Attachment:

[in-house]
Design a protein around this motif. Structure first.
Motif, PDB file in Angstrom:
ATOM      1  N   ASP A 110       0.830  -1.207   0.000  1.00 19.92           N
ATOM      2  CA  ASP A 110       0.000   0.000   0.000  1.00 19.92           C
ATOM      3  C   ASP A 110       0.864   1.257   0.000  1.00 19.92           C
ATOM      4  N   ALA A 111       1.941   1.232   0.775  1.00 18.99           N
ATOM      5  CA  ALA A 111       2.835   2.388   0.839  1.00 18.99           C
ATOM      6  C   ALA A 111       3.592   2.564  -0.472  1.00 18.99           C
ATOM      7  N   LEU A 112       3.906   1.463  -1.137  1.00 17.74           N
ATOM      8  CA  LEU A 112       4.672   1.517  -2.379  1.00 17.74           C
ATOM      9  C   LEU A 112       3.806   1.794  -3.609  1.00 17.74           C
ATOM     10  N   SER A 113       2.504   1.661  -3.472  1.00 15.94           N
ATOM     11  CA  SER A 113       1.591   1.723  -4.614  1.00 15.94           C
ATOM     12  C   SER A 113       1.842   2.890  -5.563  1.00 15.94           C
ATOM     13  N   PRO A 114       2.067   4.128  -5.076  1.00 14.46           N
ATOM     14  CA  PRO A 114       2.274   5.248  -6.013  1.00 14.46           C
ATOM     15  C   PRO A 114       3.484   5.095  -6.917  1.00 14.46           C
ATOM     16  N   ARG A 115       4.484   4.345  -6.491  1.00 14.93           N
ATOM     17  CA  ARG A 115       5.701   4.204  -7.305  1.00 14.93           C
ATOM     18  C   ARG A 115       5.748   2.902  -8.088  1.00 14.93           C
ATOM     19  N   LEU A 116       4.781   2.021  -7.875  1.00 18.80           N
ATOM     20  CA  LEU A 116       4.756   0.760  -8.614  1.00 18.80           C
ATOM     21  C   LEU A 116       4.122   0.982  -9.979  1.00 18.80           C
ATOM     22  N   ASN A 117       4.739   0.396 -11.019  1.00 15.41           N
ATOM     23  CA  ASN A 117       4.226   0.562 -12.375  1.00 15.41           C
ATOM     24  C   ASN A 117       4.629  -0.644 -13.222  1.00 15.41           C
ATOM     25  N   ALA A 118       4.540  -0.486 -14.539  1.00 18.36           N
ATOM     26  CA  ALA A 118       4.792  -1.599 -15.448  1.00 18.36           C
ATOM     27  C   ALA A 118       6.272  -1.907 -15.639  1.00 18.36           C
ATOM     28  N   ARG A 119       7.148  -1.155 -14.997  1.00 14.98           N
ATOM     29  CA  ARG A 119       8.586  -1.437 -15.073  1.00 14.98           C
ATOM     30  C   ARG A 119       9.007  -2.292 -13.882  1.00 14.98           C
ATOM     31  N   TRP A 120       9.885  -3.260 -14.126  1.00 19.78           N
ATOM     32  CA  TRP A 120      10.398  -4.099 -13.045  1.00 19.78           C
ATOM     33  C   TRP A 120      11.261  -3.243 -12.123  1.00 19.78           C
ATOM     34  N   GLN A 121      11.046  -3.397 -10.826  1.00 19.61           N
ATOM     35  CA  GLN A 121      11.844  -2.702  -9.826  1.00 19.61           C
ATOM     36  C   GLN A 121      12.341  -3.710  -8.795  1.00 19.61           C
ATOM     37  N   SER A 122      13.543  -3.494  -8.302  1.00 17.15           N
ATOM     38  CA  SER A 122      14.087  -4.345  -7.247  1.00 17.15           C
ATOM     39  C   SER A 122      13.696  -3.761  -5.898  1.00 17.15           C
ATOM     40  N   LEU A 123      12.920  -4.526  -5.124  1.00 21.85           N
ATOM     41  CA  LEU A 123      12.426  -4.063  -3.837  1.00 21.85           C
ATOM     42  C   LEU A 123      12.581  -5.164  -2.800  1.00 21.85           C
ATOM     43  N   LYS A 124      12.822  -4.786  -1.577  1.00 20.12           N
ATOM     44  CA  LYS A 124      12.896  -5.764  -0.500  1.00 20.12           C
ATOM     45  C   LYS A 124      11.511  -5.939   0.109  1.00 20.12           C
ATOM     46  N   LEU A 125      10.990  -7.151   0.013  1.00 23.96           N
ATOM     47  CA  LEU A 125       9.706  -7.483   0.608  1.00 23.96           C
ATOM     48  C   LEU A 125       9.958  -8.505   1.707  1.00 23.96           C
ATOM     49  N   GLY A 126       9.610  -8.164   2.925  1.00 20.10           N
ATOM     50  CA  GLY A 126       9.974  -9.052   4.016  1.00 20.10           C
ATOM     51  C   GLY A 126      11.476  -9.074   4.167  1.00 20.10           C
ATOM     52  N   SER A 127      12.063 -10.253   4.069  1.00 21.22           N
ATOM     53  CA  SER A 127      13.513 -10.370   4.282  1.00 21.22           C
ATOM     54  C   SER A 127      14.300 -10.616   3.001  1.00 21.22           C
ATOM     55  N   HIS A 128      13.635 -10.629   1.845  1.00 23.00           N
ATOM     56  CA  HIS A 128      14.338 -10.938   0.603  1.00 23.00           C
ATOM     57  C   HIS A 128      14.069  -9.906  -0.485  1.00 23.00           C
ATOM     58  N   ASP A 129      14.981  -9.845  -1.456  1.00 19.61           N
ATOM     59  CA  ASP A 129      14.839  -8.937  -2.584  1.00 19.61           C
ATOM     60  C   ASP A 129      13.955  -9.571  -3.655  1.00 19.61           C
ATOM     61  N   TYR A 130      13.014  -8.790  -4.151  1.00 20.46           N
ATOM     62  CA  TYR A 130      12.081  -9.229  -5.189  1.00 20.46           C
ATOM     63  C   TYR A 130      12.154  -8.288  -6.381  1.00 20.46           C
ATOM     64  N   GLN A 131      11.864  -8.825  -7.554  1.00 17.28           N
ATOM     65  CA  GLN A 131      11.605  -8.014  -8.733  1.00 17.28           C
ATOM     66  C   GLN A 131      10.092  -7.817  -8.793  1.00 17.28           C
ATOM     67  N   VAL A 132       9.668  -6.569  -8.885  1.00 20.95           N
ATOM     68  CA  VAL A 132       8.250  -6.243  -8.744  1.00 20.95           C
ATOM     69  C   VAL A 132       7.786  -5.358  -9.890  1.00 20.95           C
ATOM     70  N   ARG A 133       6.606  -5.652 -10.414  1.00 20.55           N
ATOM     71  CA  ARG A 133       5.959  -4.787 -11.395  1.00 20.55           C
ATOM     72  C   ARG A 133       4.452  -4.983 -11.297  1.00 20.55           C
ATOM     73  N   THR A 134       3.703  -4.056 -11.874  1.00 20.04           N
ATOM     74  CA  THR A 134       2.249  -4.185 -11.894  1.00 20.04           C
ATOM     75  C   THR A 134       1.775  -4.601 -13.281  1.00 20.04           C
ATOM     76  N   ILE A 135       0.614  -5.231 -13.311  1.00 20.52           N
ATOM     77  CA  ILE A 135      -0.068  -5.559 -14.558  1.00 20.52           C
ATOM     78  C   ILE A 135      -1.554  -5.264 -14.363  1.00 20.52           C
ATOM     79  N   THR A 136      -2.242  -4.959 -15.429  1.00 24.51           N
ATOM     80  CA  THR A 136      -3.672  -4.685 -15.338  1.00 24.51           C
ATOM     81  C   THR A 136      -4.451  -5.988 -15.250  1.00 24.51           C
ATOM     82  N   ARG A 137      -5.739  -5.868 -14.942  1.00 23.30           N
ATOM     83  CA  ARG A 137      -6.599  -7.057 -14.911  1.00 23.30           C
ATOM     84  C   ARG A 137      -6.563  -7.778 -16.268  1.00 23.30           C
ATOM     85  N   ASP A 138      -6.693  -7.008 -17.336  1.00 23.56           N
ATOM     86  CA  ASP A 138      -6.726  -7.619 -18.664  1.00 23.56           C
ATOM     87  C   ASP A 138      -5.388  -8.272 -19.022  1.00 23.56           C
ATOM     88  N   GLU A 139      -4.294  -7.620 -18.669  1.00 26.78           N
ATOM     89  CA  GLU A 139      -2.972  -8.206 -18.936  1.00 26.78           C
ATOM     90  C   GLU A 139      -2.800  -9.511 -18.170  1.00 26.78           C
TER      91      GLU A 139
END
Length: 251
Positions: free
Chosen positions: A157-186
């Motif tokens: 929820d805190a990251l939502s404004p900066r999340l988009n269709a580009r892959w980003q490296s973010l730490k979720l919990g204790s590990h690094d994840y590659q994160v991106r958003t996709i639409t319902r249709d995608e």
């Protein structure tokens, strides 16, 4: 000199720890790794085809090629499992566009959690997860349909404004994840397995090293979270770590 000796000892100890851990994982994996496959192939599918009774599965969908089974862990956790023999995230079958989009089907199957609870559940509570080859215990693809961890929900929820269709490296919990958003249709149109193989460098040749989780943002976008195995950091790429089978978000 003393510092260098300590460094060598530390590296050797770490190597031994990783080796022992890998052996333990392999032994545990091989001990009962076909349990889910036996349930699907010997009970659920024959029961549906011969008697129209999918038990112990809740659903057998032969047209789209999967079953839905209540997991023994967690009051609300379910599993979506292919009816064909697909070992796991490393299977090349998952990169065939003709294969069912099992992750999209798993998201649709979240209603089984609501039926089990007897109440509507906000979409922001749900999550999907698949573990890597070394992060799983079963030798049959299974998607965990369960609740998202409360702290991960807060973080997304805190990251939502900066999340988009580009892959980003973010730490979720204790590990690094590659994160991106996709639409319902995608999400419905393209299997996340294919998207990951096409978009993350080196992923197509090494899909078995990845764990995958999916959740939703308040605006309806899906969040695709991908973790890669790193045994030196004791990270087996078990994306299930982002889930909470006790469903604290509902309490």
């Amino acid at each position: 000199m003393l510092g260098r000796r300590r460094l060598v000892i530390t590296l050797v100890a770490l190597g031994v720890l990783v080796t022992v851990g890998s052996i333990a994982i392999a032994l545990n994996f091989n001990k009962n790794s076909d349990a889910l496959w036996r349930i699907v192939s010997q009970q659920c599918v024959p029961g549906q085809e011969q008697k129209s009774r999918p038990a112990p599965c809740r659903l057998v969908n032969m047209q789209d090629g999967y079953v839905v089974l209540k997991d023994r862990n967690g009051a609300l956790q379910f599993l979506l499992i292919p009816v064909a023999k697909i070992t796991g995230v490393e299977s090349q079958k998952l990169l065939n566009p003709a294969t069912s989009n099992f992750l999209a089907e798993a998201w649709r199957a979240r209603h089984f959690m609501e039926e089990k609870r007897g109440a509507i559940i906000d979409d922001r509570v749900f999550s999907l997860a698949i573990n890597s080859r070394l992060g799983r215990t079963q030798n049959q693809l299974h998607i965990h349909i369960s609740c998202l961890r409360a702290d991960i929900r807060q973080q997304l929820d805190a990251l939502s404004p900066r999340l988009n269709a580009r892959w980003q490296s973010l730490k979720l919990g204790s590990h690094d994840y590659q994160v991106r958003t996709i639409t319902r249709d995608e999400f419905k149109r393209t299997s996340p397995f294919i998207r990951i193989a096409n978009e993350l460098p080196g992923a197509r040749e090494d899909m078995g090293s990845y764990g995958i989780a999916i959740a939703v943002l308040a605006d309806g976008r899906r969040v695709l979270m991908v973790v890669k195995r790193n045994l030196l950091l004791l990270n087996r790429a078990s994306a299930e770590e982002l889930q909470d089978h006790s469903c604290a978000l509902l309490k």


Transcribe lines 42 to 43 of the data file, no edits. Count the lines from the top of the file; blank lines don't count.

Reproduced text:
ATOM     39  C   SER A 122      13.696  -3.761  -5.898  1.00 17.15           C
ATOM     40  N   LEU A 123      12.920  -4.526  -5.124  1.00 21.85           N